33 year-old father of four Roger Federer became the third player after Connors and Lendl to win 1000 pro ATP matches at the Brisbane International on Sunday. It was a perfect milestone, as the Swiss Champion beat Canadian giant Milos Raonic—one of the youngsters tipped to end the dominance of the ‘Big 4’—in the final to win his 83rd career title. 1000 wins, to put things into perspective, is extremely impressive in a competitive and physical tennis era—where no other active player has even played 900 matches. Federer’s longevity is proving to be his most valuable trademark, as he comes back year after year, and continues to defeat every upcoming player 10 years his junior.
It was Federer’s first tournament of the year, and though he looked rusty in his first match, he went on to dominate Duckworth (6-0, 6-2) and ‘Baby Fed’ Dimitrov (in 39 and 52 minutes respectively) to reach the final. He outplayed Raonic in the first set, only to lose the second in a tiebreak, and went on to clinch the third set on his only championship point when Raonic double-faulted at 4-5 30-30. It lasted 133 minutes, and Federer was pushed just enough to be confident about his chances at the Australian Open starting next week in Melbourne. Not many will bet against him reaching the last 4, but that’s where his ultimate test begins.
Federer has won 4 Aussie Open titles, but his last came in 2008, 7 years ago, as he will look to become one of the oldest Grand Slam Champions in tennis once again. He had a stellar 2014, where he won maximum matches on tour, but failed to win a Grand Slam. He lost to Nadal in last year’s semifinal in Melbourne, and is sure to face a charged-up young field including Nishikori, Raonic and Dimitrov.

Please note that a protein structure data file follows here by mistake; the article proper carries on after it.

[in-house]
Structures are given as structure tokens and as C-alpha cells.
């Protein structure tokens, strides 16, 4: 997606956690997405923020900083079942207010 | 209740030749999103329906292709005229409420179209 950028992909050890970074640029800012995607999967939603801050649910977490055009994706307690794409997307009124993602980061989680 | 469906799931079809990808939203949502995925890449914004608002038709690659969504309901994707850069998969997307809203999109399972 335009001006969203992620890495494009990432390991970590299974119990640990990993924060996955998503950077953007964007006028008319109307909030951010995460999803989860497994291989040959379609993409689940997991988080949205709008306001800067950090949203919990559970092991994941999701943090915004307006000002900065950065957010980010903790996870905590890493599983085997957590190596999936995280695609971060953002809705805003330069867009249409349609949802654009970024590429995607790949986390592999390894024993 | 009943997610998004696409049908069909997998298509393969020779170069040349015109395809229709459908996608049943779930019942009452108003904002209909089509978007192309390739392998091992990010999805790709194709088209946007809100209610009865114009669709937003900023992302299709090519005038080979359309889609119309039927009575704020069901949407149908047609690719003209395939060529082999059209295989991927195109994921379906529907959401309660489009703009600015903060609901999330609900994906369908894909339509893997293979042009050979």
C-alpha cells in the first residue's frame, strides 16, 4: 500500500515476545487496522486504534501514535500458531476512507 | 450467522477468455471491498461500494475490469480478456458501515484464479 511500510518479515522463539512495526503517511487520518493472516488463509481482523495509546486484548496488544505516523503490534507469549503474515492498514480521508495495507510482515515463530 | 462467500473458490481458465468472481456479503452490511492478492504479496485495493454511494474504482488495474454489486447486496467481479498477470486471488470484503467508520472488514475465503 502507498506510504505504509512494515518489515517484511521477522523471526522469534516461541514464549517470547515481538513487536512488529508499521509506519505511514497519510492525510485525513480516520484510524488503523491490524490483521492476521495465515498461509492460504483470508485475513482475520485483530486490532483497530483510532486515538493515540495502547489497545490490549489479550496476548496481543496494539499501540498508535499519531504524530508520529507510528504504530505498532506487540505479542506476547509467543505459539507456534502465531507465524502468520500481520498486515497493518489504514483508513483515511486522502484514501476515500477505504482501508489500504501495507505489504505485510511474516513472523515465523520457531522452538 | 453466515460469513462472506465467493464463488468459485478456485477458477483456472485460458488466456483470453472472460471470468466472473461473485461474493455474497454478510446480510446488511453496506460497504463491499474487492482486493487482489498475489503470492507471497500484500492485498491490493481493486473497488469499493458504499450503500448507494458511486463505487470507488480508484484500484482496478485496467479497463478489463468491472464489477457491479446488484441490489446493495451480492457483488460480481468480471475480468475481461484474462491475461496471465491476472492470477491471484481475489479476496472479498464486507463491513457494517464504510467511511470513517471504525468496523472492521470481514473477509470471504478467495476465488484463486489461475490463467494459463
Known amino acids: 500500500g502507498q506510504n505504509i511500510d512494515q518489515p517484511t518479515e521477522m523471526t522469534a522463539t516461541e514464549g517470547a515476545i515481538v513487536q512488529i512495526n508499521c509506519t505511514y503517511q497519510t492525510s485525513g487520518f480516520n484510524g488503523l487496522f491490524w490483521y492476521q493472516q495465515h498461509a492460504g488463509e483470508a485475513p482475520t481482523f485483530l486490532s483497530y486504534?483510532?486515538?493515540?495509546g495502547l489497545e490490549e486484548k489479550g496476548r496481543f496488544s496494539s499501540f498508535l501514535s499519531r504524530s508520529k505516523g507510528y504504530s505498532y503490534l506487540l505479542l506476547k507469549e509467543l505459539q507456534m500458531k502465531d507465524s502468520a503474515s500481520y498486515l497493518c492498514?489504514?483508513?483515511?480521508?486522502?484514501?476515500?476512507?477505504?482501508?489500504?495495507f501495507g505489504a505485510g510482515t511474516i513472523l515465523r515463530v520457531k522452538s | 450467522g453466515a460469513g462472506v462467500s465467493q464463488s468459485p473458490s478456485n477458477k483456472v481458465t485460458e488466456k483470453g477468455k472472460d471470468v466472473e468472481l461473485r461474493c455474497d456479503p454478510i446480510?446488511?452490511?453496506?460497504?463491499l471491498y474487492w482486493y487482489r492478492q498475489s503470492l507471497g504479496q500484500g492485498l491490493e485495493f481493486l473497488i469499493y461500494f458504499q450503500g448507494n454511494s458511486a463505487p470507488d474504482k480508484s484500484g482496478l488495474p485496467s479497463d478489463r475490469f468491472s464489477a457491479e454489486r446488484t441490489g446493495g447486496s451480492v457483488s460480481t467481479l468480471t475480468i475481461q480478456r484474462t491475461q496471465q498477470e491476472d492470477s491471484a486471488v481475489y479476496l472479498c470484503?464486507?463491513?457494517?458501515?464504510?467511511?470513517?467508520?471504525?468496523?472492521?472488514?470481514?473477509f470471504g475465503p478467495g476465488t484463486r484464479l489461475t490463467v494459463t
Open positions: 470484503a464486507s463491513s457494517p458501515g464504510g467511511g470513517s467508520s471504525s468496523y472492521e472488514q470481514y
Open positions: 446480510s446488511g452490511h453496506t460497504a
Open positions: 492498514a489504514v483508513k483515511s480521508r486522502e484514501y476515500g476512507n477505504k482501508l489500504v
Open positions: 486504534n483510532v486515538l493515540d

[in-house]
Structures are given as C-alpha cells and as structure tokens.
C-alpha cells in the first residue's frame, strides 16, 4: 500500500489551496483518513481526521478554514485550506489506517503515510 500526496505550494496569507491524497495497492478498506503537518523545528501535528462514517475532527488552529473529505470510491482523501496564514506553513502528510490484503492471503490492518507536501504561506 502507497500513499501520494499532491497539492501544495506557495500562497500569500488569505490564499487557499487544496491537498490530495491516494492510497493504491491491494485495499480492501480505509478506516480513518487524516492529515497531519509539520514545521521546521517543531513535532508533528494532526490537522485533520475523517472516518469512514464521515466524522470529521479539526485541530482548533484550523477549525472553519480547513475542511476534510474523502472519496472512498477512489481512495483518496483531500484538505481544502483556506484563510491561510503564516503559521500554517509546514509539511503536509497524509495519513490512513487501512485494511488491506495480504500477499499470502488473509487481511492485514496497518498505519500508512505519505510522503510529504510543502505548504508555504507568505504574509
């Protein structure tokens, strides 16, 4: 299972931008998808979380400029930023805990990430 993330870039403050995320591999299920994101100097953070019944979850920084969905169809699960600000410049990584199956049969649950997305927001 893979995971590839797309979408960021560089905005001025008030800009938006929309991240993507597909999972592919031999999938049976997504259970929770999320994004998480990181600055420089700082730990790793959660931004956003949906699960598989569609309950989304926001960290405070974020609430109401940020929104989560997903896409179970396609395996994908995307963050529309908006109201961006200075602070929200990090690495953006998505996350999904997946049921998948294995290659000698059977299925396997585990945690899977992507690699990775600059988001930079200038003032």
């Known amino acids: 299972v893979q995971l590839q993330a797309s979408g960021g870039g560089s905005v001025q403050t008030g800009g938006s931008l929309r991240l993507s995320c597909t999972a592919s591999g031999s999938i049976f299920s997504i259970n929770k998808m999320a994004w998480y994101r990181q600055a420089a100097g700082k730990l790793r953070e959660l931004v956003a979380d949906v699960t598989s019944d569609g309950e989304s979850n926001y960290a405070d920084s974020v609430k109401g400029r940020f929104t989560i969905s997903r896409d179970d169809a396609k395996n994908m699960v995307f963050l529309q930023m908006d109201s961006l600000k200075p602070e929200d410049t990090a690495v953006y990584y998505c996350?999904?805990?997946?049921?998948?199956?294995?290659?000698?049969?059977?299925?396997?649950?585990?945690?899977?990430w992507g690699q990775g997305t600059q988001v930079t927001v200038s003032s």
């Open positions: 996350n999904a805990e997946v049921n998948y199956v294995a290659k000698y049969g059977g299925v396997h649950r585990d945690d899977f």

However, Marin Cilic, reigning US Open Champ and 2014’s most surprising success story, has pulled out with an injury. There will be the usual contenders—Wawrinka (fresh from his 3rd Chennai Open title), defending Champion in Australia, and Berdych, Ferrer (who is fresh after beating Berdych in the Qatar final). Nadal isn’t sure if he’ll play, but Andy Murray looks in good form in his ‘recovery’ season. Djokovic lost to big-serving Karlovic at Qatar, but in the best-of-5 Slams, one can never bet against him. He is the greatest clutch player the men’s game has seen, and he will enter Melbourne as a married man and father like Federer, with an air of experience about him. Djokovic won Wimbledon last year, and is the favorite to win at least 2 Slams this year unless Nadal, Federer or Murray emerge to upset him more often.
The dark horse will be the returning Juan Martin Del Potro, the tall Argentine who was tipped to dominate Men’s Tennis for years until his body betrayed him after his stunning 2009 US Open victory. Frenchman Monfils can’t be counted out either. The searing heat at Melbourne, especially during the day games, will be the defining factor for most players—many of who suffer, wilt on court and retire midway through. Fitness and mental strength will be tested to the maximum, setting the tone for a highly competitive season to follow.